When Science is the Servant of Politics

John O'Sullivan14 Jun, 2020 4 Min Read
All this and global warming, too.

Last week I embarked on a piece about how some scientists were making science the servant of their political opinions. Servant is perhaps too kind and vague a term; a better one might be ventriloquist’s dummy. When I started writing it, my expectation was that I would be making this argument about a range of scientific topics. Only the first would be medical science.

But some doctors forced medical science into so many political contortions in that week’s news that I never really managed to get onto other scientific disciplines. The money quote from a statement of 1200 medical professionals connected with the University of Washington’s Division of Allergy and Infectious Diseases was as follows:

[W]e wanted to present a narrative that prioritizes opposition to racism as vital to the public health, including the epidemic response. We believe that the way forward is not to suppress protests in the name of public health but to respond to protesters demands in the name of public health, thereby addressing multiple public health crises.

And in the last seven days, this argument—that Black Lives Matter protests are uniquely aimed at improving public health, damaged as it is by racism-- has spread to Britain where large crowds turned out for BLM rallies accommodated by the police who were otherwise fining people for meeting in “crowds” of more than six—and to partisan politics in the U.S. where public health professionals were critical of the GOP for pushing ahead with plans for a Republican Convention while tamely hoping that BLM protesters will wear marks.

The public reaction to these medical self-contradictions has been stronger in Britain than in America, partly because the lockdown regulations have been more stringent and more toughly enforced (with police handing out thousands of fines) than in the U.S. Allowing some people to protest and (not incidentally) to indulge in violent rioting in a self-righteous frame of mind, but fining others for attending a parent’s funeral has created a lot of free-floating anger. And one side-effect is a rise in skepticism towards other claims of both medical scientists and their brethren in other disciplines.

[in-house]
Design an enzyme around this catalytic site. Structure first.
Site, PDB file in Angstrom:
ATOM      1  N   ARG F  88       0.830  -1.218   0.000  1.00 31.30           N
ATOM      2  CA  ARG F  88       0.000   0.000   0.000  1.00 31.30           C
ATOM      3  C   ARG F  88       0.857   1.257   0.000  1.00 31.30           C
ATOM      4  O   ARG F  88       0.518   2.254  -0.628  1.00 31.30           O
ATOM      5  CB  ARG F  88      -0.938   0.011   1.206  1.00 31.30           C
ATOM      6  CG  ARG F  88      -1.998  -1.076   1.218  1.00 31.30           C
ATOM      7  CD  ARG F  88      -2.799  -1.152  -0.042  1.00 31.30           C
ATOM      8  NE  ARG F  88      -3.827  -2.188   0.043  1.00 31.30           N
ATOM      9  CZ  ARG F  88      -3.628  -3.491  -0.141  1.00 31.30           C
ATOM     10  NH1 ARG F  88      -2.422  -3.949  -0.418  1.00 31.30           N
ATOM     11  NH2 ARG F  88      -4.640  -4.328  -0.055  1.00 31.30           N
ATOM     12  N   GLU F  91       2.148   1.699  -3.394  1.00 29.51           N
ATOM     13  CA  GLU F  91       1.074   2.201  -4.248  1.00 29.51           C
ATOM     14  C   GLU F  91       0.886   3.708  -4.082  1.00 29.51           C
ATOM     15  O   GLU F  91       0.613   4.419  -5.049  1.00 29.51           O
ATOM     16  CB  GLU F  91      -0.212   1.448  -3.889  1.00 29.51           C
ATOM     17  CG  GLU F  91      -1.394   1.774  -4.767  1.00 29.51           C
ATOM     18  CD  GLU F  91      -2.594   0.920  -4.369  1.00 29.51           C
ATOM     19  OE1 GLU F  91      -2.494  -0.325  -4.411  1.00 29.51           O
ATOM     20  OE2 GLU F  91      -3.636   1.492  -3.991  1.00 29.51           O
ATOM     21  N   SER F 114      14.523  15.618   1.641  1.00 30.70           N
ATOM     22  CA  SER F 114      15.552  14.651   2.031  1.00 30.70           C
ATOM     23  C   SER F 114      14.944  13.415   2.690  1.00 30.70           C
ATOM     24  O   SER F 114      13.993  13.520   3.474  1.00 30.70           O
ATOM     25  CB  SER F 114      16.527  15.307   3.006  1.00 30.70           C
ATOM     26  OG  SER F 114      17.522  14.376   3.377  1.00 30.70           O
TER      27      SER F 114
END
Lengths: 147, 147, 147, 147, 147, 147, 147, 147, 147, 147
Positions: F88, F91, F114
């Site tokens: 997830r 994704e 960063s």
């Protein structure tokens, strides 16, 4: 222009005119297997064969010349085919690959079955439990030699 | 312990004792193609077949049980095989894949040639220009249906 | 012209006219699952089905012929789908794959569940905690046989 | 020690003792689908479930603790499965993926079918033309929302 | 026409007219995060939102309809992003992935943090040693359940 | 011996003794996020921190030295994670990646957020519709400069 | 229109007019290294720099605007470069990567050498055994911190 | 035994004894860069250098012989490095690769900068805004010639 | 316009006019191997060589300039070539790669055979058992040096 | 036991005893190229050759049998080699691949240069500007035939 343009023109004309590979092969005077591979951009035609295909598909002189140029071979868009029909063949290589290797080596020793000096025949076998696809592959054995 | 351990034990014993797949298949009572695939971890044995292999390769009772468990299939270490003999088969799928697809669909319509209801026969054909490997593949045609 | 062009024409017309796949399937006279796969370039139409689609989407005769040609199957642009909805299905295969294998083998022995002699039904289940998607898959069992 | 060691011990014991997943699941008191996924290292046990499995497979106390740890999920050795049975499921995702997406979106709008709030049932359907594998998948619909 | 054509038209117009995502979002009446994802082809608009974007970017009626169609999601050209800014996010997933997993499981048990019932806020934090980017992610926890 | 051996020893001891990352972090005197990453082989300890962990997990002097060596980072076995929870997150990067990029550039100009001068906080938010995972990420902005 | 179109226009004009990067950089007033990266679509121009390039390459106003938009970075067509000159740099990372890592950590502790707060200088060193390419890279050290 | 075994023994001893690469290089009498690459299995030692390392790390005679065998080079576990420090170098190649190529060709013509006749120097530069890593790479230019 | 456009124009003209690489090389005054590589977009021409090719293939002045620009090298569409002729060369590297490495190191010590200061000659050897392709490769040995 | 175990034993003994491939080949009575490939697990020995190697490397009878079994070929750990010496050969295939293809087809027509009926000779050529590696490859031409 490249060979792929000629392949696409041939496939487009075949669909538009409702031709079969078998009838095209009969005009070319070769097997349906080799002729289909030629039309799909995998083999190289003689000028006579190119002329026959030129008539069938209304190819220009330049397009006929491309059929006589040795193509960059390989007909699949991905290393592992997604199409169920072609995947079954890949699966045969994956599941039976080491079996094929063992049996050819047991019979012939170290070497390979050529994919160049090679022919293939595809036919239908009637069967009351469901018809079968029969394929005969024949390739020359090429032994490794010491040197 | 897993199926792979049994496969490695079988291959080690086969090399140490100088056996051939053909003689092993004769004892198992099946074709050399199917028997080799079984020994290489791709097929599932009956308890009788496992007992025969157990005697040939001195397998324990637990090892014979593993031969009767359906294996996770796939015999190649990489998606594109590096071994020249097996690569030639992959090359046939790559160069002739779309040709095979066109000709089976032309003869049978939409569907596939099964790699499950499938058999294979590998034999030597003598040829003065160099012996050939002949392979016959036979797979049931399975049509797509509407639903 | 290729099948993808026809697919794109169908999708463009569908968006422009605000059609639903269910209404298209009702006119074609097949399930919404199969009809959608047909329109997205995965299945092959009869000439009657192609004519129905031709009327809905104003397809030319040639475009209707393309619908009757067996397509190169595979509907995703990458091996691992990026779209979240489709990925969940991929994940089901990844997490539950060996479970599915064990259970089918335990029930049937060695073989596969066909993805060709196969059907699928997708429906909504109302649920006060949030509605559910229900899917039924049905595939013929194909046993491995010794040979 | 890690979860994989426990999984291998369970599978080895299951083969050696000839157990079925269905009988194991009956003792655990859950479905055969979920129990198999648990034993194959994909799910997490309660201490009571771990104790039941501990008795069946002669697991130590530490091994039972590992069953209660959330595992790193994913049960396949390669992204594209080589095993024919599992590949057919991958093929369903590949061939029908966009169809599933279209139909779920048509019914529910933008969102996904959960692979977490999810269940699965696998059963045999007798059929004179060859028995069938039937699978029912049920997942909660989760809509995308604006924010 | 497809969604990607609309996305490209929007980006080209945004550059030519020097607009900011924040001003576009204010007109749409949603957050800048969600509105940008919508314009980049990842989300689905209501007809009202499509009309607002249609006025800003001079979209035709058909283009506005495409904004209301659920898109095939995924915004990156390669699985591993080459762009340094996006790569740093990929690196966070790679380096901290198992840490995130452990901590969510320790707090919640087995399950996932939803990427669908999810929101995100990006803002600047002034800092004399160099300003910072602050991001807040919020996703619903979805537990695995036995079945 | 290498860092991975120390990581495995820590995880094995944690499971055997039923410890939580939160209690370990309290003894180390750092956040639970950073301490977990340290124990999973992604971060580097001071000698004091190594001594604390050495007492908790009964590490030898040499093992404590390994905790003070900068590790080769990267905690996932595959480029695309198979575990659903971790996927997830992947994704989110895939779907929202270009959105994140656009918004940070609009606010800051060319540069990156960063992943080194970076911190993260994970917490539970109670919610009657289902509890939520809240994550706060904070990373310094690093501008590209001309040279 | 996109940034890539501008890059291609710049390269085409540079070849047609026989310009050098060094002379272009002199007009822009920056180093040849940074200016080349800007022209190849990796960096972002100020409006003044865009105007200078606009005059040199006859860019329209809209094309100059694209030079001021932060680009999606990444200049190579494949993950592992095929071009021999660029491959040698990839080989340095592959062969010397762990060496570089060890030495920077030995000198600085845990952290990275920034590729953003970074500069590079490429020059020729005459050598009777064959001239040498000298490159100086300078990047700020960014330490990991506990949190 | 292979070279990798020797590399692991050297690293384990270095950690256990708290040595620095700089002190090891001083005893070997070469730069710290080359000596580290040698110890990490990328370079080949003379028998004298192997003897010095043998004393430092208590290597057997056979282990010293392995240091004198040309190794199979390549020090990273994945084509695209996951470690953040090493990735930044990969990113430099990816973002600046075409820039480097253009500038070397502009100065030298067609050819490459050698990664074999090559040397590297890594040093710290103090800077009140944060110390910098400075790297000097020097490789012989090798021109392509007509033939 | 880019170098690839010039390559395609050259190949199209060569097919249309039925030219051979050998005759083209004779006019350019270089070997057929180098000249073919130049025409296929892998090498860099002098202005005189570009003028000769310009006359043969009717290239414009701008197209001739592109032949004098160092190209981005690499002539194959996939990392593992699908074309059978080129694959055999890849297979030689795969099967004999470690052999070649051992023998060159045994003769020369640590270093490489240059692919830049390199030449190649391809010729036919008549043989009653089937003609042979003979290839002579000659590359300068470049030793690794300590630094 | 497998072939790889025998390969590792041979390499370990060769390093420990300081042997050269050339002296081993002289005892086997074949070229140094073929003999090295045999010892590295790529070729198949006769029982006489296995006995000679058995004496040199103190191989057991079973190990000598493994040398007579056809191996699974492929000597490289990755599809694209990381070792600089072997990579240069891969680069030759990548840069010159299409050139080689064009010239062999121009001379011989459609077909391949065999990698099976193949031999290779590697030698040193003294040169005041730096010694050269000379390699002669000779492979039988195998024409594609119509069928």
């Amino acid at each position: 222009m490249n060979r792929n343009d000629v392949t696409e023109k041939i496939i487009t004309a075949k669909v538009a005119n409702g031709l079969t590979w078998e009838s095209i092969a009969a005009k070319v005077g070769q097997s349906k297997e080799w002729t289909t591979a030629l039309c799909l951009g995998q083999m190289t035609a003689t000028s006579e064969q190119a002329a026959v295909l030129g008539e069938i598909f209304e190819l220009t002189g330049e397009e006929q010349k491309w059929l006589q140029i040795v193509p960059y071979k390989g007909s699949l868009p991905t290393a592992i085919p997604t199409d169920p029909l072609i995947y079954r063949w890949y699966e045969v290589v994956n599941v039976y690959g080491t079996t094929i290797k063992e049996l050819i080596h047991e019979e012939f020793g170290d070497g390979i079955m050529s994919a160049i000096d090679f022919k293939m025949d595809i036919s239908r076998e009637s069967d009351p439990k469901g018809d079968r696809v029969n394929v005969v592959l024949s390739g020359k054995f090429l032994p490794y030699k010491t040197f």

Take the Covid-19 claims first.

Britain’s media and opposition have been strongly critical of the handling of the Covid-19 crisis by the Boris Johnson government, suggesting that Ministers had ignored the advice of its SAGE committee of scientists and demanding that the minutes of SAGE now be published. Well, the minutes have now been published, and they show that Ministers followed the advice of SAGE more or less to the letter. If mistakes were made, they were scientists’ mistakes more than ministerial ones (though Ministers have to take responsibility for them on the proper constitutional grounds that “advisors advise, ministers decide.”) Well and good.

One example of this advice was particularly spicy, however. ICI’s Professor Neil Ferguson earlier in the week suggested that the lockdown had been imposed one week too late with the possible result that as many as 20,000 people had died needlessly. But when the SAGE records were released, they showed that the committee, including Ferguson, had voted unanimously for the previous policy because a lockdown would guarantee a second spike of the disease in the Fall.